As an example, a person can have a normal or even low TSH (sometimes indicating too much thyroid), along with a normal T4, but if their T3 is low they can have what is called a "low T3 syndrome" or a "euthyroid sick syndrome" (the "eu" means "good"). So the thyroid can look like it's good because of the normal T4 and TSH, but the person can still be sick.
One other thing- if you have an inflammation of the thyroid gland (thyroiditis or Hashimoto's thyroiditis), you can have normal levels of TSH, T4 and T3 but the whole thyroid system might not be working correctly. Often we find that people with thyroiditis feel much better when treated with thyroid hormones.
Thus we see that measuring only TSH levels is inadequate to optimally evaluate the thyroid status. We believe that a thorough initial evaluation should include TSH, thyroid antibodies (to check for thyroiditis), free T3 and free T4 (the active or available forms of T3 and T4).
Ultimately, the most important factor in making a diagnosis is the knowledge and awareness of the physician. A physician aware of the importance of optimal thyroid function is going to consider at least the following factors:
Your blood work.
Your history including important symptoms you are experiencing.
An endocrinologically oriented physical examination.
Your temperatures (as the thyroid maintains body heat).
For reasons far too involved for this short review, every blood test may be perfectly normal and a person might still need thyroid. That's the reason for the four-point approach to evaluation.
If we return for a minute to the thinking of the previously referenced Dr. Samuel Levine, you'll understand a little better what I mean. Dr. Lown says the following about his mentor: "He recognized· that medicine is the science of uncertainty, the art of probability. He believed that the bulk of relevant information could be obtained from a properly gathered history and meticulously executed physical examination. He taught that a battery of tests must not replace a mind willing to think· He hinted that frequent reliance on a so-called workup, engaging the heavy medical artillery of the day, such as X-ray or cardiac fluoroscopy, electrocardiography, phonocardiography, blood work and urine analysis, is testimony to a lack of clinical skill·"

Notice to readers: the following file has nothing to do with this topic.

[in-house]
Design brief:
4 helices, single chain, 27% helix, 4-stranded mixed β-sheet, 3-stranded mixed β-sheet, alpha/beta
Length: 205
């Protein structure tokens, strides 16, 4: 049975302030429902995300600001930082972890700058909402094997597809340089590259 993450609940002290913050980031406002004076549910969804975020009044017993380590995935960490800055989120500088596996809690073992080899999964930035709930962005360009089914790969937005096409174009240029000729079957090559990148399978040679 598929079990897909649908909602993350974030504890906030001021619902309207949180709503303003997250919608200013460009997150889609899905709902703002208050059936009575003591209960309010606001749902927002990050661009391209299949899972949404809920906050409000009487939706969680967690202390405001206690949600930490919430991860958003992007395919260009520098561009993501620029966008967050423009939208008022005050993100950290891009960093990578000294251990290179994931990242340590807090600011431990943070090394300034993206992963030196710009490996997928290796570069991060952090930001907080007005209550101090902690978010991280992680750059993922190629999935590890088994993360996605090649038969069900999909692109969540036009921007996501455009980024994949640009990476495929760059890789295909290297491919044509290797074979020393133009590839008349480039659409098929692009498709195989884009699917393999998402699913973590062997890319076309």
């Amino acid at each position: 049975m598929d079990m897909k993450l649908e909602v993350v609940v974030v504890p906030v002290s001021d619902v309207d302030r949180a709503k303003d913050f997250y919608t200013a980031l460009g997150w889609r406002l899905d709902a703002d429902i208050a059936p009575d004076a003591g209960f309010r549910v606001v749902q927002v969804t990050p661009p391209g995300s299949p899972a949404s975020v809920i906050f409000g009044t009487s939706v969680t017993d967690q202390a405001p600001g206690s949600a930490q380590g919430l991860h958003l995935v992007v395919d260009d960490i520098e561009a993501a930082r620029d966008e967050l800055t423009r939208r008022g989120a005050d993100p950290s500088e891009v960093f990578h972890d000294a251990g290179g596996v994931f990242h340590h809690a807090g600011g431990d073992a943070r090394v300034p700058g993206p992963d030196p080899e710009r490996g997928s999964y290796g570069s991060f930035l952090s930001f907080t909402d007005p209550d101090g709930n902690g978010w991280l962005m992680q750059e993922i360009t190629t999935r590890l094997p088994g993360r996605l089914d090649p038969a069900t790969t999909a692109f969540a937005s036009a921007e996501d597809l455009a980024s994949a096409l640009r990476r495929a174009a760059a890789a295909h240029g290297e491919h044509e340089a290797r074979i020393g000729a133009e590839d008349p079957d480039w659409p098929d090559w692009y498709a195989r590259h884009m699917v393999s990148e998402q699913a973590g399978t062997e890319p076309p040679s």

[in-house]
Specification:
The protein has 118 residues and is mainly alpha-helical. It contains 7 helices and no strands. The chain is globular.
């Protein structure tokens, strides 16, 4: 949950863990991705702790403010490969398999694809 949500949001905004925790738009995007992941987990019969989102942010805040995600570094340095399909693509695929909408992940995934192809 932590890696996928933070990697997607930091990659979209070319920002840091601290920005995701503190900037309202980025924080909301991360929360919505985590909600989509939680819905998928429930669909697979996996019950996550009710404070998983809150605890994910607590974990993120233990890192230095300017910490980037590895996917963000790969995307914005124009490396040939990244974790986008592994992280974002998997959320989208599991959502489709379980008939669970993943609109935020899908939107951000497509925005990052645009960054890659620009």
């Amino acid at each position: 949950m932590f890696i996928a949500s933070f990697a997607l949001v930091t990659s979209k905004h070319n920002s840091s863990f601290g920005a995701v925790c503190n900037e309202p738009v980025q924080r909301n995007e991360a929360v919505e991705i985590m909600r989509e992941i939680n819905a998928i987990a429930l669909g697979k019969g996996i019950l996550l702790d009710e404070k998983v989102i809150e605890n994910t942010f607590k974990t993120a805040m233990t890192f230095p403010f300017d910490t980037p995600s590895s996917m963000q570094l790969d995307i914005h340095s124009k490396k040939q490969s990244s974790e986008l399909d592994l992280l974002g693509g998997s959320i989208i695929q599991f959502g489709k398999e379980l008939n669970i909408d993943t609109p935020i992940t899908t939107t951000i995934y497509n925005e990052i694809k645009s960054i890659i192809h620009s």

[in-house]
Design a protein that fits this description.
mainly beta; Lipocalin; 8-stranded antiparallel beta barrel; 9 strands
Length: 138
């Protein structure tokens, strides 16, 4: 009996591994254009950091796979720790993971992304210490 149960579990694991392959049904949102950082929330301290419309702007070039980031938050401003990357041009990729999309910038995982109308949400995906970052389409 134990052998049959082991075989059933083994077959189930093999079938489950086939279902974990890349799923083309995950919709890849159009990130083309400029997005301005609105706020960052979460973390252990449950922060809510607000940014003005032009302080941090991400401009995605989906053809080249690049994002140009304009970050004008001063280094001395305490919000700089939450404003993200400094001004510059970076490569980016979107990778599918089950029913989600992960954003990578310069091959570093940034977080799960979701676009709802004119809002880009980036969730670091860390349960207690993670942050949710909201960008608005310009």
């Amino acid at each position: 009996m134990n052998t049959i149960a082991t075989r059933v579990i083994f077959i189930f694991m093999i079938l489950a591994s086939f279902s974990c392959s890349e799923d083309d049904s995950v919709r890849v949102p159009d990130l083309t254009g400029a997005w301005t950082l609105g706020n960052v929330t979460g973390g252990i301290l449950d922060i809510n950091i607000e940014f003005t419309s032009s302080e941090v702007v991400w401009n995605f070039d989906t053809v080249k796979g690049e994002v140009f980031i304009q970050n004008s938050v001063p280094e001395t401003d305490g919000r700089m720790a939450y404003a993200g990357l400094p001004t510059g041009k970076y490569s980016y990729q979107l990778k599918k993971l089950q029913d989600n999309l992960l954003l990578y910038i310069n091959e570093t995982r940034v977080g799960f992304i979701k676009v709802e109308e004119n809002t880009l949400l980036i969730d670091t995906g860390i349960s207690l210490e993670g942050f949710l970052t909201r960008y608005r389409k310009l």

My own mentor on the subject of thyroid evaluation and treatment was Broda Barnes, M.D., Ph.D. Dr. Barnes was direct in his thoughts regarding the evaluation and treatment of patients. He said, with great vigor; "Always treat the patient, not numbers on paper." By this he meant that many doctors are either too lazy or too busy to listen to the patient and to do the requisite exam, or they were ignorant of what the signs and symptoms truly were. Thus, hypothyroidism was to them only what the numbers on paper would report. If the TSH was 4.80 they were hypothyroid. If the TSH was 5.20, they were not hypothyroid. For Dr. Barnes, that was not being a good physician.
The Importance of a Correct Diagnosis
We spent a good deal of space for a short article on explaining the importance of correctly perceiving whether thyroid is a problem for you. If your thyroid function is low there are many disease processes which might affect you, and they would be far less likely to be a problem if your thyroid status is optimal. A correct diagnosis can literally mean the difference between a shorter, relatively miserable existence and a longer, healthier, more pleasant life.
It is generally recognized that you are more likely to have less than optimal thyroid function the older you are. If you're moving into your 40's, 50's or 60's, you might want to be especially aware of your thyroid status. If it appears to be at all compromised, you might want to take appropriate steps to optimize its function.
The Science on the Importance of Optimal Thyroid Status